Beauty is in the eye of the Beholder
In her 1878 book Molly Bawn, Margaret Wolfe Hungerford first coined the phrase, “Beauty is in the eye of the beholder”. Essentially she was saying that what constitutes beauty to one person, would be considered repulsive to another. Hungerford wasn’t the first to make this observation.
Plato wrote in the third century BC, in a slightly less catchy turn of phrase, “the beauty of any one body is akin to the beauty of any other and that if he is to pursue beauty of form he’d be very foolish not to think that the beauty of all bodies is one and the same”. Shakespeare weighed in, “a rose by any other name would smell as sweet”.
It certainly seems true that beauty is subjective. That all of us have our own interpretation of what makes a face or body aesthetically pleasing. That being said, there has been a generally accepted version of what constitutes beauty that has changed throughout History.
Beauty throughout History
The Romans – They enjoyed symmetry of face for both men and women. Female Romans should be small and thin with pronounced hips, wide thighs and small (ahem) breasts.
The Tudors – A pale complexion was considered important here. This separated the rich from the poor, as those less fortunate would have to toil in the fields and become more tanned and weathered. To enhance this look Tudor women would use a lead-based make up called Ceruse, we now know this caused lead poisoning for a number of aspiring beauty queens.
Georgians – Think enormous wigs and large trousers, like a cross between Marge Simpson and Hugh Laurie in Blackadder.
Modern Day – There is concern that with modern day social media channels, the idea of beauty has become an unrealistic pinnacle. Wealthy Instagram Influencers portray a heavily-filtered perception of both beauty and life that just may not be realistic.
I would suggest that all readers look most beautiful when they are comfortable in themselves. Or, I would call for a return to The Georgian fashion styles, the Georgians were cool.
With so much pressure to conform and look attractive and yet so much variation in expectations, it can’t be possible for us all to pull it off all of the time. Well don’t worry, if you are sitting there concerned you may not be one of the beautiful people, that’s fine, there’s a Saint for us too. Meet St. Drogo, Patron Saint of the Unattractive People.
St. Drogo, Patron Saint of the Unattractive People
Flemish Saint Drogo was born in the first half of the Twelfth Century in the small village of Epinoy in Northern France. Drogo’s father had sadly died before he was born and his Mother, who suffered complications, died during an attempted cesarean section. The baby survived. That baby would grow up to become St. Drogo, Patron Saint of the Unattractive People.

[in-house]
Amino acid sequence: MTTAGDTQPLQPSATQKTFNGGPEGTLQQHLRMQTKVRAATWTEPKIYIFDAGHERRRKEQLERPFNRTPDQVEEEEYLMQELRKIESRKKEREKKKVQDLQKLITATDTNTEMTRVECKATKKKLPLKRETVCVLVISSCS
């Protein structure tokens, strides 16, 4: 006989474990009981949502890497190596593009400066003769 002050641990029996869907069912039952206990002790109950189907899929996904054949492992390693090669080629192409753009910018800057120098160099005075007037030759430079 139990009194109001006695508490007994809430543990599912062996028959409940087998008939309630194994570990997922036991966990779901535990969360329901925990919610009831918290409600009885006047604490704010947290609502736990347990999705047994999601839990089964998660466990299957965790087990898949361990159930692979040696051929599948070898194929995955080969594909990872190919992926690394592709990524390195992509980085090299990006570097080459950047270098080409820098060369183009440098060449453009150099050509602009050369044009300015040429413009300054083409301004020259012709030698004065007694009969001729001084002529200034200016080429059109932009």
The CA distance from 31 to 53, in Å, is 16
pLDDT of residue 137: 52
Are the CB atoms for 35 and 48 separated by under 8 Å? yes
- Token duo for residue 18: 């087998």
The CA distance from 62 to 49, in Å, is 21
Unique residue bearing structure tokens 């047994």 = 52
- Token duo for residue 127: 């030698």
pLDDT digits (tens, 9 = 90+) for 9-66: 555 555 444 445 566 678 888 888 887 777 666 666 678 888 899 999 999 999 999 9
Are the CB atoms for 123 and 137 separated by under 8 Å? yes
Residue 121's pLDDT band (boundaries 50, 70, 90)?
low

Drogo was sent to live with relatives and grew up a happy young boy. Before he was a teenager he somehow learned the cause of his Mother’s death. Drogo was distraught! He felt misplaced guilt for what had happened to his Mother and would spend hours in prayer begging forgiveness. When Drogo became of age and received a tidy sum in inheritance he piously gave all of this away to the poor. All he kept for himself was a set of clothes. He set out onto the road.
St. Drogo deepens his Faith
St. Drogo embarked on all of the activities that any self-respecting Saint should do. He made a pilgrimage to Rome on multiple occasions. He spent some years as a shepherd, unsurprisingly, Drogo was a good shepherd.
St. Drogo enjoyed the simple life of tending his flock, contemplating life’s great mysteries and in prayer to God. Not everything about Drogo was simple though. It is thought he had discovered the secret, or been gifted the power of being able to bilocation. Bilocation is the ability to be in two places at once. He was often seen both looking after his sheep in the fields and attending mass in the church. This gave way to a saying in Sebourg when villagers were presented with a never-ending to-do list, ““I’m not Saint Drogo; I can’t ring the church bell for Mass and be in the procession!”
Why the unattractive people?
During a pilgrimage, poor Drogo caught an unpleasant disease that caused him to suffer from pus filled boils and other such deformities.
The villagers who did not want to look upon his unsightly face,built a small cell for him adjacent to the church. They even built him a small hatch going into the church so he could still be given his wafer at mass. Drogo lived in solitude in this cell for forty years.
St. Drogo suffers in a terrible accident
The parish church in Sebourg one day set alight. St. Drogo refused to leave his dwelling adjacent to the church, claiming if God willed for him to burn, than it would be done. His house caught aflame and the villagers thought Drogo dead. When it was safe to go into Drogo’s dwelling, they approached with caution, terrified of what they might find.
St. Drogo was fine and the villagers rejoiced that he had survived this terrible fire.